I’m Worried About My Pension Fund – What Should I Do?
I’m Worried About My Pension Fund – What Should I Do?
Here we go again……… Pension Fund Worries
2020 – Coronavirus Pandemic
2008 – Financial Crisis
2003 – 2nd Gulf War
2001 – September 11th Terror Attacks
2000 – Dot Com Crash
1997 – Asian Financial Crisis
1992 – Black Wednesday
1987 – Black Monday
And that’s only in the last 33 years! Your Pension Fund will have exposure to the Stock Market. Depending on your financial circumstances, age and other factors, and on advice from your Pension Advisor, this might be anywhere from 20% to 80% exposure. What is likely to have happened to my Pension Fund? Well that’s hard to say. Since Jan 1st to March 25th the S&P 500 Index (biggest 500 companies in the USA) has fallen in value by -24%. At one point it was down -31%. This was the fastest decline since 1933. It may have stopped, or it may have further to go, nobody knows. As there are a vast array of pension funds options available, you may have had anywhere from very little to 100% exposure to the stock market crash. You need to understand what your exposure is. So why would any sane person invest in anything other than putting their money under the mattress when you look at the rollercoaster pension investors have to put up with? The answer is simple. Despite these severe and always unexpected events if you had invested $10,000 in the US Stock Market on Jan 1st 1987, by the end of February 2020 it would have been worth $170,200. That’s a gain of 1602% or 8.97% per annum compounded. However, it’s never an easy straight forward path and nobody should ever just place a bet on the stock market hoping it comes good just at the right time. So, what should I do?
Professional Advice – you should be able to contact your Pension Advisor in times of crisis and get an explanation of what is happening, why it is happening, and discuss what actions should or shouldn’t be taken. If your Pension Advisor hasn’t contacted you in some way over the past 6 weeks, then you don’t have an Advisor, you have somebody who sold you a product. It’s now that you need them most so it’s time to seek out advice. You definitely need to meet with your Pension Advisor every year to make small changes to your portfolio as you get older, and as your personal and financial circumstances change. Nothing radical, just some basic housekeeping, and perhaps looking at capturing occasional investment opportunities as they pop up.
Diversification – you need to make sure you have a well-diversified pension fund with plenty of equites, corporate and government bonds, property and more. It helps protect you from the full force of stock market crashes. It’s also why having a Pension Advisor with you on your journey is so important. It helps you plan for these events and navigate your way through them.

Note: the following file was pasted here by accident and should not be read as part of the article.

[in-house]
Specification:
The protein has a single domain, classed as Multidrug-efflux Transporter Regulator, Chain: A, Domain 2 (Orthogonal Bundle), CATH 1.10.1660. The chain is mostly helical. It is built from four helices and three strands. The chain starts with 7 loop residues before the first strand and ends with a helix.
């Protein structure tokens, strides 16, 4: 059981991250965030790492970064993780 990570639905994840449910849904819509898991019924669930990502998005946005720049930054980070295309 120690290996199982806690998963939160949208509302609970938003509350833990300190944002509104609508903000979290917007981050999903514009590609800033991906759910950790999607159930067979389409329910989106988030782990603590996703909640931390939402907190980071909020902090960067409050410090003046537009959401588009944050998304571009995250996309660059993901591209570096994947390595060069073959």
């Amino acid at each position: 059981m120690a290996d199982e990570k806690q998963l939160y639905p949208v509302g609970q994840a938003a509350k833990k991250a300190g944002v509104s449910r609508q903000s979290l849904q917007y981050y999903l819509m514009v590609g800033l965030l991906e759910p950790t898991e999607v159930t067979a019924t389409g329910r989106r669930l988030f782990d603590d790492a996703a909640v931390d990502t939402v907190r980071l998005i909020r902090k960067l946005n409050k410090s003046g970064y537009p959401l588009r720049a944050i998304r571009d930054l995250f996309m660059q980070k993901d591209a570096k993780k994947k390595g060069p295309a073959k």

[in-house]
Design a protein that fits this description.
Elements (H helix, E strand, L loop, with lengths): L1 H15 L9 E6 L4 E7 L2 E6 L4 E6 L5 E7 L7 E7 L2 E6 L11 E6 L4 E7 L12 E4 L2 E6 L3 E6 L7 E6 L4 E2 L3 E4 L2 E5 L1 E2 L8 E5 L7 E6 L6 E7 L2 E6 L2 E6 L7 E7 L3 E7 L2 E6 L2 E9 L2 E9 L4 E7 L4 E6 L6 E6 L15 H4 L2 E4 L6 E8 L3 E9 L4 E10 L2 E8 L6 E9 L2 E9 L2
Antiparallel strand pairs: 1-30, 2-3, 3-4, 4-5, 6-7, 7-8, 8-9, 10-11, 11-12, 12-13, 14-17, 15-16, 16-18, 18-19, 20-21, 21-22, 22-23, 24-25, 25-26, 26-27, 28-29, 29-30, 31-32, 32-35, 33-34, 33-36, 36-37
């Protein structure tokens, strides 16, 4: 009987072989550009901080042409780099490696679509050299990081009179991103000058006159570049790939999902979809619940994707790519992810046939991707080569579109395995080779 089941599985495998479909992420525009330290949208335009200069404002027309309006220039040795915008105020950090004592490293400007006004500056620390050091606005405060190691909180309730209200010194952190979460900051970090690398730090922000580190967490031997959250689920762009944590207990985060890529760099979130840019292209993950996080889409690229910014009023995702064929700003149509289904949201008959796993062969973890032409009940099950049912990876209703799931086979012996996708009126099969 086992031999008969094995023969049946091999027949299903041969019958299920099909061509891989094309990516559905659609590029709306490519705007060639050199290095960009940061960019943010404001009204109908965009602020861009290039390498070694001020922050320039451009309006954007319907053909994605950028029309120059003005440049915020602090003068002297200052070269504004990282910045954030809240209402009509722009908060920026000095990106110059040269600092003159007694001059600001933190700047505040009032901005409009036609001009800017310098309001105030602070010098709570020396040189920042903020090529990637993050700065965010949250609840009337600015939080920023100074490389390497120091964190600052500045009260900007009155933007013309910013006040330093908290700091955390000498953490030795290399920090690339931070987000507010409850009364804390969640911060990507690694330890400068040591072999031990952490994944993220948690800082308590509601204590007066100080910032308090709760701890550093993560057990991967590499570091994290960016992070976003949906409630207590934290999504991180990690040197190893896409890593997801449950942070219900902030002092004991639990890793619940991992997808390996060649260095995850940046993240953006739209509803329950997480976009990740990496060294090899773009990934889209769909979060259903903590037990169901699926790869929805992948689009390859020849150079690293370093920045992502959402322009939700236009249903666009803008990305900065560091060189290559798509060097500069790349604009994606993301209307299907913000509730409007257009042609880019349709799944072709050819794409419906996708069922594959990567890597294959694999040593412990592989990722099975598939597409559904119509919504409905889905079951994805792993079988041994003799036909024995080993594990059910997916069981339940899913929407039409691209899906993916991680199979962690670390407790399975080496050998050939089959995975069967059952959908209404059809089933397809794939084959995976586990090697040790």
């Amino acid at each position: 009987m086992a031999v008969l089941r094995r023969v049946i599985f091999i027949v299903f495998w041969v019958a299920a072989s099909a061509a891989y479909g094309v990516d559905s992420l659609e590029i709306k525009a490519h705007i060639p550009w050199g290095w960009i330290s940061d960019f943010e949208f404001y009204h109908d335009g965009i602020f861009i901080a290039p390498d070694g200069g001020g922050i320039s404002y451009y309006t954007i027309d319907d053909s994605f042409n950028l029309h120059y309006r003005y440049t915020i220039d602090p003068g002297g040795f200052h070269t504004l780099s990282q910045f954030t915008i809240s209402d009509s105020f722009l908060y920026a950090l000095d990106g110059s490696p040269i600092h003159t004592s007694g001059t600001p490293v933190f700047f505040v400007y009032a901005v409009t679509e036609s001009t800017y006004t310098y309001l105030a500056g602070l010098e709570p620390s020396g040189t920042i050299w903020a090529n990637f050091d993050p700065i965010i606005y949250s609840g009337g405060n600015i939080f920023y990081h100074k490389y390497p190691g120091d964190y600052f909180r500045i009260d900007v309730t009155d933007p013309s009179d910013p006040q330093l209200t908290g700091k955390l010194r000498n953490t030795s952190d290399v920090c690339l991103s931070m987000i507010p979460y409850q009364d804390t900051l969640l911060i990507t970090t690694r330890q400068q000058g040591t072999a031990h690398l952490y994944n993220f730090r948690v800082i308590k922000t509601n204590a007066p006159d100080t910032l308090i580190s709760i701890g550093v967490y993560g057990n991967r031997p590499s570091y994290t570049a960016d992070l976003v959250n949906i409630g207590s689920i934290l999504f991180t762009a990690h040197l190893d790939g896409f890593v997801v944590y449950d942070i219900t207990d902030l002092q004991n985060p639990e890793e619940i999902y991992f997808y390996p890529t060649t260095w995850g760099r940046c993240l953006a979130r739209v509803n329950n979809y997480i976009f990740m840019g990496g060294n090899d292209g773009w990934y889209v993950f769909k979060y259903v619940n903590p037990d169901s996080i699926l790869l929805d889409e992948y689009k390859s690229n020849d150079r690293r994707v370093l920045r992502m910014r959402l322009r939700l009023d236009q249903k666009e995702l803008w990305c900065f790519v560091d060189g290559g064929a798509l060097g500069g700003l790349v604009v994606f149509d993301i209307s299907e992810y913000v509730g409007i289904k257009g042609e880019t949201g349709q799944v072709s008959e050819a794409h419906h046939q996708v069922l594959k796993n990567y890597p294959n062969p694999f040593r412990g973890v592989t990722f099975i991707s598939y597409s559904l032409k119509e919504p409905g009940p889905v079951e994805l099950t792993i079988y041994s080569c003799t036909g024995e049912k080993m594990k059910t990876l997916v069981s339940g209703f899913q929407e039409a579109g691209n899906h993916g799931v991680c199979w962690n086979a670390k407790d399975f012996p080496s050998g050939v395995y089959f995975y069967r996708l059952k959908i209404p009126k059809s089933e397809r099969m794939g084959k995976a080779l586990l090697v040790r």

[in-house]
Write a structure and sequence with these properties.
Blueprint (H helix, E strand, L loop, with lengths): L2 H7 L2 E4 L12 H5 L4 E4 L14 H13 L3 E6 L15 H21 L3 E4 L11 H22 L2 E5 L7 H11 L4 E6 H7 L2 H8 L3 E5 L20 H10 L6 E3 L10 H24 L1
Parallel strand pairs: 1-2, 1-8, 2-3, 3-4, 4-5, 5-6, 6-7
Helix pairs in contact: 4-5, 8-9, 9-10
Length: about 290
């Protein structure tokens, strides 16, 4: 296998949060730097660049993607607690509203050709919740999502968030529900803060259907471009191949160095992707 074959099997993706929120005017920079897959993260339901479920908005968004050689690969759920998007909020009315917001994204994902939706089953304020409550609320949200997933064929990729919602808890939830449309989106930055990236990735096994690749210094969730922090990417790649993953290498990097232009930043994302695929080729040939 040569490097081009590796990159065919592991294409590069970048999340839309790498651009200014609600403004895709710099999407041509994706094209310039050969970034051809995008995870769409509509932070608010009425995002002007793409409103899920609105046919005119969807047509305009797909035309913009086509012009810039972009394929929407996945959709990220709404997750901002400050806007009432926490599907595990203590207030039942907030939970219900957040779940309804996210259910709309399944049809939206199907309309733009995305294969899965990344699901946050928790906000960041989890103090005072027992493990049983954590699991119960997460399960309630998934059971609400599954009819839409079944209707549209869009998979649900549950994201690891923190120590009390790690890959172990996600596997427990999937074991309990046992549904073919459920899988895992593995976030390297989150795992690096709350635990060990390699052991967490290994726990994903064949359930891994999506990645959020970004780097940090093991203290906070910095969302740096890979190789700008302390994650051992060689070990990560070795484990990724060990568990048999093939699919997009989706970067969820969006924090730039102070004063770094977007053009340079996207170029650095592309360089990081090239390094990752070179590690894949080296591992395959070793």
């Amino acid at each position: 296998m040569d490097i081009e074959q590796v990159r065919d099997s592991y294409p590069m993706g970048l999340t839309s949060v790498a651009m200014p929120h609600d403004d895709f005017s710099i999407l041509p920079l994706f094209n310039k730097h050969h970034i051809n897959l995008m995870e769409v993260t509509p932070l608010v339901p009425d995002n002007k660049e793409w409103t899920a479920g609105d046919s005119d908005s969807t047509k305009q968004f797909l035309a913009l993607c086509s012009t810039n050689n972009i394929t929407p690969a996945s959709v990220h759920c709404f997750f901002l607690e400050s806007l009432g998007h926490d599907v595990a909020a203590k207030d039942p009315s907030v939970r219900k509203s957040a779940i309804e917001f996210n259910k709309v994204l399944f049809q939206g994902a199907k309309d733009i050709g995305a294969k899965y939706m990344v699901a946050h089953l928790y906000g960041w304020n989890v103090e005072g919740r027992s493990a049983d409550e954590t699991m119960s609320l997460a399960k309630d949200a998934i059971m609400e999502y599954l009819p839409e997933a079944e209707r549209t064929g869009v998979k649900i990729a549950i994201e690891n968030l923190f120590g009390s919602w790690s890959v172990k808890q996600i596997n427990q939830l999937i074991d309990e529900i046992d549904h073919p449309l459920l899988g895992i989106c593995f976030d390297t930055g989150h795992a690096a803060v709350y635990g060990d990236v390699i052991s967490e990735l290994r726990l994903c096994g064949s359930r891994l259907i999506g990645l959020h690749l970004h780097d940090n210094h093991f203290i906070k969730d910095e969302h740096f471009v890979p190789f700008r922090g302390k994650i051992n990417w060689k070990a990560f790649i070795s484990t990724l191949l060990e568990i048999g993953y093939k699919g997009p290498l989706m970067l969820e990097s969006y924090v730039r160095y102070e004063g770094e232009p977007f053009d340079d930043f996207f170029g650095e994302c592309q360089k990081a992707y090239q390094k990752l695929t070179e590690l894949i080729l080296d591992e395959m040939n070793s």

Bigger Picture– your Advisor should have constructed your pension portfolio as part of your overall retirement plan. By this I mean, if your pension represents 50% of your future retirement assets then you can in broad terms afford to take more risk with your fund and ride our market volatility. However, if your pension fund represents 100% of your future retirement assets then perhaps you need to reassess what investment strategy is appropriate for you as this will not be the last stock market crash you live through.
Time to Retirement – if you are 40 years of age with no intention to retire for at least another 20 years you are likely to be worried, but less worried, than a 55-year-old planning on retiring in 5 years’ time. As you get older your Pension Fund should gradually reduce your exposure to financial market volatility, not completely but certainly far less than you had when you were younger.
Pension Fees– make sure your fees are reasonable. Nobody works for free, but pension fees can reduce the final value of your pension by as much as 1/3rd over the lifetime of your pension fund.
Transferring your Pension Fund to Cash? -it’s at times like these that pension investors are tempted to transfer into cash funds – ‘I don’t like what’s happening, I want it to stop’. Trying to time the market is almost impossible. Transferring from equities to cash at the right time, and back again at the right time, and getting it right every time the stock market crashes, is just not possible. You might be right the odd time, but you are more likely to miss most of the good years, than avoid most of the bad years.It’s a cliché, but like most clichés it happens to be true, the key to successful pension investing is ‘time in the market, not timing the market’.Having a well-diversified pension portfolio eliminates the need to jump in and out of cash every time the stock market falls.
But this time it’s different? Yes, this time it is different. Families will lose loved ones and people are scared. People on the front line are bearing the brunt of this awful situation and we all need to support them in every way we can. But even though it’s different this time, every major stock market crash has one thing in common – they all happen for different reasons. The next one will happen for a different reason, and the one after that, and the one after that too. What is far more important is that you are getting professional advice to help you navigate these difficult times. I hope this helps you make sense of your Pension during this difficult time. Please reach out to us, we are here to help you and to protect your family’s finances now and in the future. Thank you for reading and take care. Michael Coburn & Jim Doyle Guardian Wealth Serving the South East, Midlands, East Coast & Dublin Email: firstname.lastname@example.org Phone Joanne on 01 5260770